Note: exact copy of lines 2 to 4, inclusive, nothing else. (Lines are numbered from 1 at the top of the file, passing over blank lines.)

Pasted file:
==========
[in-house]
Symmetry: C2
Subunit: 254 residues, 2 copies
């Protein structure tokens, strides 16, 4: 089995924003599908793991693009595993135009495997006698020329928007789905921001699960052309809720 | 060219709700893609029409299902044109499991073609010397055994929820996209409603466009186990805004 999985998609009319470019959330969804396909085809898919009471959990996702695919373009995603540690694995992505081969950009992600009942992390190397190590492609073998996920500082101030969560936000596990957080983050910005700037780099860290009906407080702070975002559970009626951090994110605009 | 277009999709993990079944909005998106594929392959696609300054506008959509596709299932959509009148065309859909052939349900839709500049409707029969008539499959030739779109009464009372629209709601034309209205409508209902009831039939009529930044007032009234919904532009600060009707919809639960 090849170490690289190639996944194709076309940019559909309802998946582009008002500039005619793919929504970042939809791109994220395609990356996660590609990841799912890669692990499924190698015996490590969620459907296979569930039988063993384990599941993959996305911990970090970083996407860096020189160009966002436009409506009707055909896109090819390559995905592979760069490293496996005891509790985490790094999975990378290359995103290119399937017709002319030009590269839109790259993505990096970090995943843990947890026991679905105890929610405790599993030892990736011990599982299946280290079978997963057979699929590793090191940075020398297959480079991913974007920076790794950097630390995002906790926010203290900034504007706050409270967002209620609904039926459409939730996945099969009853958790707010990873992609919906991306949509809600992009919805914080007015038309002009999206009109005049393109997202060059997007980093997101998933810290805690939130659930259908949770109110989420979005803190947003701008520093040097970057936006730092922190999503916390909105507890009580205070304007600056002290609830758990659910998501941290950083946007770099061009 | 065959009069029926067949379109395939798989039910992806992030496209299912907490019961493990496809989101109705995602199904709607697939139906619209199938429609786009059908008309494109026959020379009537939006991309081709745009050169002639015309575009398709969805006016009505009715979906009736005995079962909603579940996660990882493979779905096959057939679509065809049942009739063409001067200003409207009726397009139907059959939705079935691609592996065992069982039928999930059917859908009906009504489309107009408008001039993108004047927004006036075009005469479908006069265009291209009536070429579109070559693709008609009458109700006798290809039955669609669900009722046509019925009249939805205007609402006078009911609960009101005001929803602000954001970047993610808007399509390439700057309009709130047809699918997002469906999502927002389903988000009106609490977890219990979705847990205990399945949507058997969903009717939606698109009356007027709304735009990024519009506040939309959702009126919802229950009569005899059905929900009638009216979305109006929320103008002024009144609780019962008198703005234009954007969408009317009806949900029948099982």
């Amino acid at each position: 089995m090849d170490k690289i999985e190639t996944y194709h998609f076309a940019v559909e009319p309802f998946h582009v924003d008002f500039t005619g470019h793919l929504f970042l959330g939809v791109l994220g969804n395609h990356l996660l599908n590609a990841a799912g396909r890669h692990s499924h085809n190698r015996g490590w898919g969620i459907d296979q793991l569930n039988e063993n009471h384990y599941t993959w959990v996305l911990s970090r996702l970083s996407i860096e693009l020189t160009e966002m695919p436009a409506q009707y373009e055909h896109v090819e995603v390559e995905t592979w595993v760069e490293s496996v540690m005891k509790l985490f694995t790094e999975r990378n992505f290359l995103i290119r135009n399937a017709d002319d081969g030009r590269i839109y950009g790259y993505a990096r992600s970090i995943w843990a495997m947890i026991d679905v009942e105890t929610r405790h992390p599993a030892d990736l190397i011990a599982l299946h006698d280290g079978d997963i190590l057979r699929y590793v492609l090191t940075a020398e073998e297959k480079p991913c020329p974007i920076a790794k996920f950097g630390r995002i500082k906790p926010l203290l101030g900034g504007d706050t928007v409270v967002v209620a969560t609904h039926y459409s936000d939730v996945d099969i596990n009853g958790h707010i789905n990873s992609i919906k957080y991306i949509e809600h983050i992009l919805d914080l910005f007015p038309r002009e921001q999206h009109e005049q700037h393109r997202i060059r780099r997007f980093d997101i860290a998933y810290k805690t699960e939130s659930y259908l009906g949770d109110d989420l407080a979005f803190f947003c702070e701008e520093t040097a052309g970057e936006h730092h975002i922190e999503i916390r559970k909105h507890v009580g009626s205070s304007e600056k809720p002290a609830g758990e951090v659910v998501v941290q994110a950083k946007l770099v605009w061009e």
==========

Symmetry: C2
Subunit: 254 residues, 2 copies
């Protein structure tokens, strides 16, 4: 089995924003599908793991693009595993135009495997006698020329928007789905921001699960052309809720 | 060219709700893609029409299902044109499991073609010397055994929820996209409603466009186990805004 999985998609009319470019959330969804396909085809898919009471959990996702695919373009995603540690694995992505081969950009992600009942992390190397190590492609073998996920500082101030969560936000596990957080983050910005700037780099860290009906407080702070975002559970009626951090994110605009 | 277009999709993990079944909005998106594929392959696609300054506008959509596709299932959509009148065309859909052939349900839709500049409707029969008539499959030739779109009464009372629209709601034309209205409508209902009831039939009529930044007032009234919904532009600060009707919809639960 090849170490690289190639996944194709076309940019559909309802998946582009008002500039005619793919929504970042939809791109994220395609990356996660590609990841799912890669692990499924190698015996490590969620459907296979569930039988063993384990599941993959996305911990970090970083996407860096020189160009966002436009409506009707055909896109090819390559995905592979760069490293496996005891509790985490790094999975990378290359995103290119399937017709002319030009590269839109790259993505990096970090995943843990947890026991679905105890929610405790599993030892990736011990599982299946280290079978997963057979699929590793090191940075020398297959480079991913974007920076790794950097630390995002906790926010203290900034504007706050409270967002209620609904039926459409939730996945099969009853958790707010990873992609919906991306949509809600992009919805914080007015038309002009999206009109005049393109997202060059997007980093997101998933810290805690939130659930259908949770109110989420979005803190947003701008520093040097970057936006730092922190999503916390909105507890009580205070304007600056002290609830758990659910998501941290950083946007770099061009 | 065959009069029926067949379109395939798989039910992806992030496209299912907490019961493990496809989101109705995602199904709607697939139906619209199938429609786009059908008309494109026959020379009537939006991309081709745009050169002639015309575009398709969805006016009505009715979906009736005995079962909603579940996660990882493979779905096959057939679509065809049942009739063409001067200003409207009726397009139907059959939705079935691609592996065992069982039928999930059917859908009906009504489309107009408008001039993108004047927004006036075009005469479908006069265009291209009536070429579109070559693709008609009458109700006798290809039955669609669900009722046509019925009249939805205007609402006078009911609960009101005001929803602000954001970047993610808007399509390439700057309009709130047809699918997002469906999502927002389903988000009106609490977890219990979705847990205990399945949507058997969903009717939606698109009356007027709304735009990024519009506040939309959702009126919802229950009569005899059905929900009638009216979305109006929320103008002024009144609780019962008198703005234009954007969408009317009806949900029948099982």